A pop/rock band they might have been, but the Hollies had far more going for them than most of the British Invasion outfits that prospered in the wake of the Beatles. The band was notable among other reasons for the three-part Everly Brothers-inspired harmonies of lead singer Allan Clarke, guitarist Graham Nash and lead guitarist Tony Hicks, all of whom penned some of the group's material, not to mention Hick's ringing, often innovative licks, the superb drumming of Bobby Elliott, and the hit song contributions of outside composers such as Graham Gouldman.
Between 1963 and 1968, the Mancunian band that took its name from Buddy Holly scored time and again with the likes of 'Here I Go Again', 'I'm Alive', 'Look Through Any Window', 'Bus Stop' (the group's American breakthrough), 'Stop! Stop! Stop!', 'Carrie-Ann' and 'Jennifer Eccles'. When Graham Nash, feeling constrained by the Hollies' commerciality, departed to form Crosby, Stills & Nash, guitarist/vocalist Terry Sylvester filled his shoes and the band had further hits courtesy of 'Sorry Suzanne', 'He Ain't Heavy, He's My Brother' and 'Long Cool Woman (In A Black Dress)'.
Photo: Ron Howard / Redferns
By 1973, however, the Hollies' best days were firmly behind them... save for one remarkable exception. 'The Air That I Breathe', written by the team of Albert Hammond and Mike Hazelwood, was one of pop's all-time finest ballads. Hammond, who before Hazelwood's death in 2001, co-wrote with him for artists like Johnny Cash and Olivia Newton-John, recorded 'The Air That I Breathe' for his 1972 album It Never Rains In Southern California, and the following year Phil Everly covered it for his Star Spangled Banner long-player. It was the Everly version that producer Ron Richards, the man who'd signed the Hollies to EMI back in 1963, then brought into EMI Studios at Abbey Road for the band to work from.
"Ron heard Phil Everly's version and he said 'That is a huge hit,'" says Alan Parsons, who engineered the Hollies' recording. "That was his special skill, and I remember him doing the same with 'He Ain't Heavy, He's My Brother'. He said it there and then: 'That's going to be one of the biggest hits you've ever had.' He just knew.
"Phil Everly's version was quite different. It was very sombre, and without harmonies on the chorus it was very introverted and kind of a very personal statement. Ron loved it, but when it came to adapting it for the Hollies he didn't arrange the song — he never did. He just said 'I want to do this, I want to get this result.' He wasn't particularly good at describing exactly what he wanted so much as describing the mood he wanted. And the Hollies were so experienced in terms of working together vocally that they could just go and pick the parts themselves. They knew exactly what they were doing. They knew that Tony would hit the lower part, that Terry would hit the upper part and that Allan would have the melody. They could work out a harmony in two minutes flat. It wasn't a problem for them."
Close To The Orchestra
The orchestral arrangement for 'The Air That I Breathe', comprising brass and strings, was done by Chris Gunning, perhaps best known for the Martini commercial — "Try a taste of Martini..." Like the rest of the track, this was recorded in Abbey Road Studio Three, the 40-piece setup creating quite a squeeze.
"Two was a good studio for that size of orchestra, but that was probably booked," Alan Parsons surmises, "and pop engineers didn't favour Studio One particularly for overdubbing orchestras because of the reverb. If you wanted a dry sound, it was hard to get. I mean, in later years I adored it, but at that time everything really needed to be very tight and separate.
"Right from my earliest days with orchestra, I used close-miking. I miked to each pair of instruments, using [Neumann] 86s for the violins, 84s for the violas, 87s for the cellos, and 87s as well on the basses, if any, although I would mic them individually, and that was just because there's not much of them. They don't make as much noise as the rest of the instruments, so they benefit from having their own mic, for separation reasons more than anything else.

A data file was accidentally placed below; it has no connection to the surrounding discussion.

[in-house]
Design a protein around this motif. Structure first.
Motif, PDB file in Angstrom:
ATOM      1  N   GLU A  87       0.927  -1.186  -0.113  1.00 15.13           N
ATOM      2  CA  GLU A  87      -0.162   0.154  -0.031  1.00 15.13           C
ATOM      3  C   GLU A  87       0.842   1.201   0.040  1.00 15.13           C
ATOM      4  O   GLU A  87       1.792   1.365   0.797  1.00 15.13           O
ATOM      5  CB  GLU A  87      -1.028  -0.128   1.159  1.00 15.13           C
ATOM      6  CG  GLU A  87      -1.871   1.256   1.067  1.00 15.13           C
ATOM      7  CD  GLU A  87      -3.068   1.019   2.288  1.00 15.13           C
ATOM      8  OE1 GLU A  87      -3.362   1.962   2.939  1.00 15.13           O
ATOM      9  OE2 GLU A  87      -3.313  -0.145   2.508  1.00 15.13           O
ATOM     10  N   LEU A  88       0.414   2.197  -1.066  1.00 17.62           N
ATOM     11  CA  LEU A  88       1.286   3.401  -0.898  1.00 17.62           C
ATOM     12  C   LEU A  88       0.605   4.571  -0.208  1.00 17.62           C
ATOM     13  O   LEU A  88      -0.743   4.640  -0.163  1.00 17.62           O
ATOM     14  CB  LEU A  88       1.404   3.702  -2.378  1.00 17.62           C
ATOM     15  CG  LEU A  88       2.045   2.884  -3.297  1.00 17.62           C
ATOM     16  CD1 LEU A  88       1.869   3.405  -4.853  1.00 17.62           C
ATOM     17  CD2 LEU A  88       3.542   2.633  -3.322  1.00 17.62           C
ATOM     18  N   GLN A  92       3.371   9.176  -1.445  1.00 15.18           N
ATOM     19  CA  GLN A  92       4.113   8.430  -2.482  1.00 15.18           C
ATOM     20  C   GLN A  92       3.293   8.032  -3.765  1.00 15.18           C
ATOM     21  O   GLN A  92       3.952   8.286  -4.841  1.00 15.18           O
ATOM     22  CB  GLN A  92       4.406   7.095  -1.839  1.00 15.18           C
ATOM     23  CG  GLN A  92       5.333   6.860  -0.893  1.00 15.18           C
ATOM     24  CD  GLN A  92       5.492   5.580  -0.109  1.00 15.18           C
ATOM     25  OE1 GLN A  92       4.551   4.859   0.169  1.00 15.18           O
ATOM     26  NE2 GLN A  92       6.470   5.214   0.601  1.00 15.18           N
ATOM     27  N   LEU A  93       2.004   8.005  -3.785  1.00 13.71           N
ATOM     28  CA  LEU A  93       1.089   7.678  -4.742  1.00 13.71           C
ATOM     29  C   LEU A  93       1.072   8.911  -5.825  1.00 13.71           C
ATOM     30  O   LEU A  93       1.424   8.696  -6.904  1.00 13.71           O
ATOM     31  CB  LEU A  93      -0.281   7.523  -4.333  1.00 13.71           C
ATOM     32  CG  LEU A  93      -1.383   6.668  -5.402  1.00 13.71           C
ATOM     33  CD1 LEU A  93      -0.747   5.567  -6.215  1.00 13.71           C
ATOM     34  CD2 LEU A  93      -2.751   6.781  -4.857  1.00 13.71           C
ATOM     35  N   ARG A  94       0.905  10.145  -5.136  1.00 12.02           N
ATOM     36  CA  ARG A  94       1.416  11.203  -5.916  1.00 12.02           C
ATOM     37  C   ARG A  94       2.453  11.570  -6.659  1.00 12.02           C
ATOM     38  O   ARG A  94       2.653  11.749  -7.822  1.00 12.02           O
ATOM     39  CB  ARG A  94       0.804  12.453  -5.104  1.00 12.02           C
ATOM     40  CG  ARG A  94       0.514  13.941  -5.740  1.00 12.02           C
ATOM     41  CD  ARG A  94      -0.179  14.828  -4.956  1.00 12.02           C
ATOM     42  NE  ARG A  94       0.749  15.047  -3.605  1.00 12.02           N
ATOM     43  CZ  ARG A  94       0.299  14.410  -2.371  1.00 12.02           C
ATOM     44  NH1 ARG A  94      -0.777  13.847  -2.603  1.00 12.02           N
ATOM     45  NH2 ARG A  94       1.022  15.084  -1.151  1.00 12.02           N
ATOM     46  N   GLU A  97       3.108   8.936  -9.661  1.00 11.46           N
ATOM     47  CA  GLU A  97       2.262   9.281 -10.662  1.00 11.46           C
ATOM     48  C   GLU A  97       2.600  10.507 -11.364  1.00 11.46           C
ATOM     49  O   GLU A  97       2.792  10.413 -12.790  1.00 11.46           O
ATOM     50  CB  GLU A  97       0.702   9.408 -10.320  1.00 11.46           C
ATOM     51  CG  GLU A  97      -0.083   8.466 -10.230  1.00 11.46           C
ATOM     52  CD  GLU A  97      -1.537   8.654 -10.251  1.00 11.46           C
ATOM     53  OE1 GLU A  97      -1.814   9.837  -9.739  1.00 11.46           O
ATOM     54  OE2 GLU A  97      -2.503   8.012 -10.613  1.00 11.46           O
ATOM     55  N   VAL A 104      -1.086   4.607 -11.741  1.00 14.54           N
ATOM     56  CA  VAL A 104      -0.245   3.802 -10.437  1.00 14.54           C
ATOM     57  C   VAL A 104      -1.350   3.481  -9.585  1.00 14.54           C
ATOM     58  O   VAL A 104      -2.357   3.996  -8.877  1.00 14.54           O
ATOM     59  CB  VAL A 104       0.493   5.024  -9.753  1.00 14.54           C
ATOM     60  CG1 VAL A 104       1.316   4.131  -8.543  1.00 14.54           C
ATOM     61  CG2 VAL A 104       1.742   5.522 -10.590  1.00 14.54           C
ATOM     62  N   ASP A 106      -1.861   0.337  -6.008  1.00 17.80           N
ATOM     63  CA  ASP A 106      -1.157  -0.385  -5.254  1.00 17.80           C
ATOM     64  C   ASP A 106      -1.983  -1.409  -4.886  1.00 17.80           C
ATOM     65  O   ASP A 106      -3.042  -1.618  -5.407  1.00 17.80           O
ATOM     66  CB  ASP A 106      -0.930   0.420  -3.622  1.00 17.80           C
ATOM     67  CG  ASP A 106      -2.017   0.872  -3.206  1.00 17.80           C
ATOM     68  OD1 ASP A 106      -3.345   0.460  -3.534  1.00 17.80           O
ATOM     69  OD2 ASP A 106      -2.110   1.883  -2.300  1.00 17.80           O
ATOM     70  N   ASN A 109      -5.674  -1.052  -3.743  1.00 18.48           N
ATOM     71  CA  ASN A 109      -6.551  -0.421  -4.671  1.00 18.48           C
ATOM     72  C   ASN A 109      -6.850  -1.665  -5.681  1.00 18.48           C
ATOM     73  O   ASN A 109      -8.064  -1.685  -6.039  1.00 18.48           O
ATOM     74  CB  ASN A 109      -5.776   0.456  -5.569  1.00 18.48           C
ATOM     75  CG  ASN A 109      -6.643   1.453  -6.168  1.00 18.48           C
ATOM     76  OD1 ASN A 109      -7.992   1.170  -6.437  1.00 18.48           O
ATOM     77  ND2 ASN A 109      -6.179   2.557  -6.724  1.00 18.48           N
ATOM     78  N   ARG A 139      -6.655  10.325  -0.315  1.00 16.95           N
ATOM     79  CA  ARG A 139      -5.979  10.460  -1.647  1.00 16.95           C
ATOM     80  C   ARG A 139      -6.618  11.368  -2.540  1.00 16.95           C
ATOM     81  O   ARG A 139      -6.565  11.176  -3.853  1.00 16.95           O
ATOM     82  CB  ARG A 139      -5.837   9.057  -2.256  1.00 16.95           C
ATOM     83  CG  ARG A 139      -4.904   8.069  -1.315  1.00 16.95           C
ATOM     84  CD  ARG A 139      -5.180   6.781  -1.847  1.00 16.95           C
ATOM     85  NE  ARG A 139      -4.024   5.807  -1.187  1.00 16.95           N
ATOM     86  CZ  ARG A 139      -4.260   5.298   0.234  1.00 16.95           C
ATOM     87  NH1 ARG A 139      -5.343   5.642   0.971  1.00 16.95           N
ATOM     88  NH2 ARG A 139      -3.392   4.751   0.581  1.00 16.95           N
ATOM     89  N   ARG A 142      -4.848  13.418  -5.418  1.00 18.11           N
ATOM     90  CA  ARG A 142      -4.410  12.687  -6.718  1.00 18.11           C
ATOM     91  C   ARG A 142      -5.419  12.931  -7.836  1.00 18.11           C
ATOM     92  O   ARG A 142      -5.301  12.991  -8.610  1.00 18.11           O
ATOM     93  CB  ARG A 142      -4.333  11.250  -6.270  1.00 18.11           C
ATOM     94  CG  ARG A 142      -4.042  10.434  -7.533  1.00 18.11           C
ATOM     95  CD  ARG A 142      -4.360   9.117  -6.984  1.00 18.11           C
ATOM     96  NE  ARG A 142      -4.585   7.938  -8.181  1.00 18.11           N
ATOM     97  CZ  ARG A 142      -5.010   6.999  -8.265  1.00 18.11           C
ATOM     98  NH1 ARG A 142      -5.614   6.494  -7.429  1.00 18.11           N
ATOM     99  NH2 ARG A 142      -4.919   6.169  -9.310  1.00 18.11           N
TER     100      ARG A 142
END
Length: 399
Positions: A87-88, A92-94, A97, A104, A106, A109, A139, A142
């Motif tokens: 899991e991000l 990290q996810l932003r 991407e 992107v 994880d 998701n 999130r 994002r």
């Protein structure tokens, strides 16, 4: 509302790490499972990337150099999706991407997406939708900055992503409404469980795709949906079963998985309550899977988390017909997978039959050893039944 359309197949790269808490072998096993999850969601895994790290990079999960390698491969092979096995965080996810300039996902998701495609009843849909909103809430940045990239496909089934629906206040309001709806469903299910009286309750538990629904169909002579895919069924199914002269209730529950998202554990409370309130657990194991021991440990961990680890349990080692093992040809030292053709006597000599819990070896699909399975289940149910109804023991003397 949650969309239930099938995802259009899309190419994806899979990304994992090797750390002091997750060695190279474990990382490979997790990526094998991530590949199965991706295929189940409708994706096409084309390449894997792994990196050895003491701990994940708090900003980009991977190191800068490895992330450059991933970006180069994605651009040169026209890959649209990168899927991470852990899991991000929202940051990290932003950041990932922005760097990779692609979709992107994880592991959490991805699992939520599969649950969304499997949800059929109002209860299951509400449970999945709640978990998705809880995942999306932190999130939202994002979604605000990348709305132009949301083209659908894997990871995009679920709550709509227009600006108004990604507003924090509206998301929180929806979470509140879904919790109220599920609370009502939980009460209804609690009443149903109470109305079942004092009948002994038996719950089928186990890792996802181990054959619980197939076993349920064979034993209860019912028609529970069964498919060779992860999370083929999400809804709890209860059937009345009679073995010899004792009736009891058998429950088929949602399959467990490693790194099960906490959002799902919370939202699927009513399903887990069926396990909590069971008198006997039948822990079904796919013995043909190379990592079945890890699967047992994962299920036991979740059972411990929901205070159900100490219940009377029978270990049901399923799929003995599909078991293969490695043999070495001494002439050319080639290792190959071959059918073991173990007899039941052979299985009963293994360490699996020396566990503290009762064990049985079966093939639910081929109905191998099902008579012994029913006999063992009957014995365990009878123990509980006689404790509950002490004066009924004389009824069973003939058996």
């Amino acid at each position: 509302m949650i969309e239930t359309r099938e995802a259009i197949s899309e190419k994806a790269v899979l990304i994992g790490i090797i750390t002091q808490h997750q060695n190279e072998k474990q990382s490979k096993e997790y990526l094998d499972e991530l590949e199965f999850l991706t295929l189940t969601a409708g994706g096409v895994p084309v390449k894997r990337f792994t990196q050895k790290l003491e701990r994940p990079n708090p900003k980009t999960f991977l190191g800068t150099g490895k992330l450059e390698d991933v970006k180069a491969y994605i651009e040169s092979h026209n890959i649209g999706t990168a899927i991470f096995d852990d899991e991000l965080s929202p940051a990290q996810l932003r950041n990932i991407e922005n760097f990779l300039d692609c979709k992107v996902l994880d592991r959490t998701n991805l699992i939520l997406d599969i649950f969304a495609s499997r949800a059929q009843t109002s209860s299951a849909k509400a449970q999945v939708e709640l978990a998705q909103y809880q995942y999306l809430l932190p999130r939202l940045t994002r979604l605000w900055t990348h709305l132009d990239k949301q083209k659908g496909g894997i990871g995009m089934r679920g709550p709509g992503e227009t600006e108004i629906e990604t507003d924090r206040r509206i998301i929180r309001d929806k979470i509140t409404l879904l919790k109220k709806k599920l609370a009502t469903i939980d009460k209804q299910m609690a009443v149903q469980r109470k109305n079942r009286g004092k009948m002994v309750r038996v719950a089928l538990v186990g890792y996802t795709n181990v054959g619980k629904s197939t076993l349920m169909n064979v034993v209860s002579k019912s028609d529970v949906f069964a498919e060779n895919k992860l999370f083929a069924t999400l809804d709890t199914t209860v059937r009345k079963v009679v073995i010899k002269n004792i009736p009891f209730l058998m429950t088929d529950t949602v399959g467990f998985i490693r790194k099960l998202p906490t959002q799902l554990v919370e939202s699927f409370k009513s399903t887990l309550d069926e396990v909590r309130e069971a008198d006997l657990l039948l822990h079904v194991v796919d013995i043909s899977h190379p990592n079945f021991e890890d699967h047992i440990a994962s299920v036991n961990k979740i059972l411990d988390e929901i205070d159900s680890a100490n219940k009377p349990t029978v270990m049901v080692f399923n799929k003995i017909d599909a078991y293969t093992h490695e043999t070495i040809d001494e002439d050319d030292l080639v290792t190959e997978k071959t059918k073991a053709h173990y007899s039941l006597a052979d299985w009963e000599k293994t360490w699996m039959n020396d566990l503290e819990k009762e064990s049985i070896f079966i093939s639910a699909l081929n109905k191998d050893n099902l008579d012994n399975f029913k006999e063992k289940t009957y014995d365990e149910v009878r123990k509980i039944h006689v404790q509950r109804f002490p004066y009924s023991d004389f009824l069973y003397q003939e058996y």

"In terms of miking orchestras, I'd had the best training in the world, working with people like Geoff Emerick and Peter Bown. In fact, Peter Bown had been the Hollies' main engineer, and I'd got to know them through working with him as his assistant. Abbey Road was an ideal place to grow up in the business, amd I wouldn't have changed that for anything. I learned all styles of music and all styles of production, as well."
Alan Parsons had been on staff at EMI for several years, and assisted and engineered on projects such as the Beatles' Let It Be and Abbey Road, Paul McCartney's earliest albums with Wings and, most famously, Pink Floyd's legendary Dark Side Of The Moon, not to mention a number of previous Hollies albums dating back to 1969's curious Hollies Sing Dylan venture, which had convinced Graham Nash to quit rather than get involved. 'The Air That I Breathe' was the sole standout on 1974's Hollies, among tracks like 'Rubber Lucy', 'Transatlantic West Bound Jet' and 'The Day That Curly Billy Shot Down Crazy Sam McGee', but the album was important to Parsons, at least, as the first to be engineered solely by him.
Photo: Glenn A Baker / Redferns
"I was perfectly content with the rate of my progress through the ranks," says Parsons, who graduated to production in 1975 on records by Al Stewart, John Miles and Cockney Rebel, before founding the Alan Parsons Project with songwriter Eric Woolfson and utilising vocalists such as Steve Harley, Colin Blunstone, Arthur Brown and, yes, Allan Clarke. "I was actually one of the quicker ones."
While the Hollies album was recorded in all three of EMI Studios' facilities — "At that time, nobody seemed to mind chopping and changing," Parsons remarks — the bulk of 'The Air That I Breathe' was tracked in Studio Three, whose control room at that time housed a 24-channel Neve console, Studer A80 tape machine and JBL 4320 monitors. The band was set up in the live area.
"I'd already established a fairly standard approach to drum miking back then," says Parsons. "There was an AKG D20 on the kick drum, a Neumann KM84 on the snare, two [STC] 4038 ribbons overhead, and if I miked the toms at all I'd probably use dynamics like AKG D19s, or maybe 414s. As it happens, in this case Bobby said 'I think I'd like to dub on some tom fills,' so I just got this huge delayed plate echo going on and it seemed to pretty much take over the track. I mean, it really brought the whole to life when we put those fills on, and I remember the guys teasing me, saying 'You mixed those toms a bit loud! You obviously like them.' They were a bit loud, but to my mind they were also an integral part of the atnmosphere of that record.